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Adaptive bowling

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Adaptive bowling involves the use of devices to help people with disabilities more easily participate in the recreational sport of bowling. Bowling for those who were physically handicapped was first addressed towards the end of World War II; injured veterans, many who had amputations or who were paraplegics. Acceptance of individuals in the bowling world grew as assistive technology was created to help them return to bowling, even if they could no longer bowl the same way as prior to their injuries. Following paragraphs will address certain assistive devices that are used with bowling in order to make it more accessible to the masses.

There are many different types of adaptive equipment all geared at helping with one or all elements of bowling; the set up, the physical approach to the foul line, the back swing and the guided release of the ball. For ease of presentation the adaptive bowling devices have been divided into three main categories; wheelchair adaptations, bowling ball adaptations and ball rolling adaptations. Depending on the type and severity of the persons disability one or more of these devices might be necessary for them to be able to bowl.

Contents

Wheelchair Adaptations

For people using wheelchairs there are several different types of adaptations that can be made to the chair to make bowling easier.

Bradshaw Bowls Buggies

Patient bowling with the Bradshaw Bowls Buggie
Patient bowling with the Bradshaw Bowls Buggie

This is a special wheelchair designed for bowling. The wheels are wide and set under the chair so that they don't interfere with the bowling action (shown right). There is also a wide footplate in the front of the wheelchair which the user can rock into when they follow through with their bowling swing. The wheelchair can be dismantled into parts making it easy to transport. This type of adaptive device is designed for people with near normal upper extremity function who are wheelchair bound.

Bowling Ramps

IKAN Bowler ramp.
IKAN Bowler ramp.

Ramps are used to guide and release the ball onto the bowling alley. Ramps require very little physical effort to use and are more appropriate for people with higher levels of disability. This frame helps the individual to roll the ball towards the pins, even if he/she cannot physically hold or roll the ball. For example, a child with cerebral palsy could benefit from such a device. The metal unit varies in height based on its user, ranging from 24 to 28 inches tall. The width of the device (24-25 inches) also accommodates for users who may be confined to a wheel chair.During bowling the user will place the bowling ball on the ramp and either release it using a quick release button at the top of the ramp or using the momentum from moving forward in their wheelchair and stopping abruptly.

Several different companies sell ramps and it is also possible to make a cheap ramp at home from wood and metal pieces. One of the most popular bowling ramps is the IKAN Bowler with Universal Mount. The IKAN is the only ramp which is sanctioned for use in competition (shown right). Another popular system marketed to children is the Poss-i-bowl which has an push button that releases the ball from the top of the ramp. Both of these ramps as well as a variety of other ramp models are available at www.AdaptiveSportsEquipment.com When participating in competitions, those who used these devices are often put into their own league.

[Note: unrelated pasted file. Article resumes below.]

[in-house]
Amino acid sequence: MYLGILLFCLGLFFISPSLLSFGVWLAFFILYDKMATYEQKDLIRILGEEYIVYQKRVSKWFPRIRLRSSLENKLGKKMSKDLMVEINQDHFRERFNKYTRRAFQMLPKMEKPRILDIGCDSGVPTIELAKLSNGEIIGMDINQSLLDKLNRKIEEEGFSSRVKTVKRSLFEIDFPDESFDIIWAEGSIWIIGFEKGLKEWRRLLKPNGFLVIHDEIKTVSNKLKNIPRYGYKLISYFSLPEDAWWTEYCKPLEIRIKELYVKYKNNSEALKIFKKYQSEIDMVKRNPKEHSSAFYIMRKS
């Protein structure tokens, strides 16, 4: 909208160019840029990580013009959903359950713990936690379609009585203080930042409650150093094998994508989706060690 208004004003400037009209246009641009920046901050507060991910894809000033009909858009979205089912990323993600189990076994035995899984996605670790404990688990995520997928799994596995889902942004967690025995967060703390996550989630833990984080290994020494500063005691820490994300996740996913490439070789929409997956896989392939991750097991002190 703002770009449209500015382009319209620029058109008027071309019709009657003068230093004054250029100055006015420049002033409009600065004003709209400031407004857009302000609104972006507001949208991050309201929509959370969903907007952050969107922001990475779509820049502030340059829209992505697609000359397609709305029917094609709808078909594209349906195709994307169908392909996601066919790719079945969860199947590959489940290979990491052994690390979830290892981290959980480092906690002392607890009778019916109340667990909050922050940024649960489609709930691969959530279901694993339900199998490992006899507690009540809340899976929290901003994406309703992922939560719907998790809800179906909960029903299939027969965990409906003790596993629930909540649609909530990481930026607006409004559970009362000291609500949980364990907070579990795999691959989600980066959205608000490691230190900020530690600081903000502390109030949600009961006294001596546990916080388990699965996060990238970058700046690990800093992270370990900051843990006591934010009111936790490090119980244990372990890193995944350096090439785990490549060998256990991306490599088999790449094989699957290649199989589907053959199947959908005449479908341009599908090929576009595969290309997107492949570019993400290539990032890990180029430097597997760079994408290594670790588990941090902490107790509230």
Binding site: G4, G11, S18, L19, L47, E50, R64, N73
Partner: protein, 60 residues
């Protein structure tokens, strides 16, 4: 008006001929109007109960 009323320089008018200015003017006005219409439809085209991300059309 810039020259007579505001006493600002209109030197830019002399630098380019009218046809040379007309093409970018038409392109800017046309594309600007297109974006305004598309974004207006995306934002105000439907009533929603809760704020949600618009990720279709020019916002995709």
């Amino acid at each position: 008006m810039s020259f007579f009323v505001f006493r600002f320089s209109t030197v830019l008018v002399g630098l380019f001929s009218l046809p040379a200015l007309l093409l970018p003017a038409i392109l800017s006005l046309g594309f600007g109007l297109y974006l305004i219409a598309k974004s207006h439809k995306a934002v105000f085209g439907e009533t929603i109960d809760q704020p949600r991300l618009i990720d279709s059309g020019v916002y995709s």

Bowling Ball Adaptations

Bowling Ball with handle.
Bowling Ball with handle.

Adaptations are made to the bowling ball for people who have trouble lifting bowling balls or placing their fingers into the 3 holes on the ball. This is more for people with arthritis and problems with hand dexterity.

Bowling Grip Handle

These handles come attached to bowling balls. The handle is spring loaded so once the handle is released it retracts allowing for the ball to roll down the alley with ease. There are a variety of ball weights and sizes that come with the handles. Access to Recreation is one company which sells several different variations of these adapted bowling balls.

Ball Rolling Adaptations

These are devices that help the user push and/or roll the ball more easily down the aisle. These devices are more useful for people who have trouble bending over and propelling the ball forward but are not necessarily wheelchair bound.

Bowling Ball Pusher

Two examples of pushers.
Two examples of pushers.

These are simple devices which can be operated from a standing or seated position. They have long arms and a grip at the end that conforms to the shape of the ball and allows the user to easily and accurately push the ball in a certain direction. There are several versions of ball pushers which can be bought online and they can also be pretty easily made from a PVC pipe or a broom. The main variation between the pushers is in the grip that contacts the ball. The user simply uses the device to push it down the lane, either in front or to the side of a wheelchair. If the armrest on the wheel chair cannot be removed, the bowler should obtain a higher seat cushion to allow for clearance when rolling the ball. It is important for the wheelchair’s brakes to be set before the individual begins to bowl.

One of the first pushers developed was The Bowling Arm which has a thumb or palm release to push the ball forward.

Product Links

External Links

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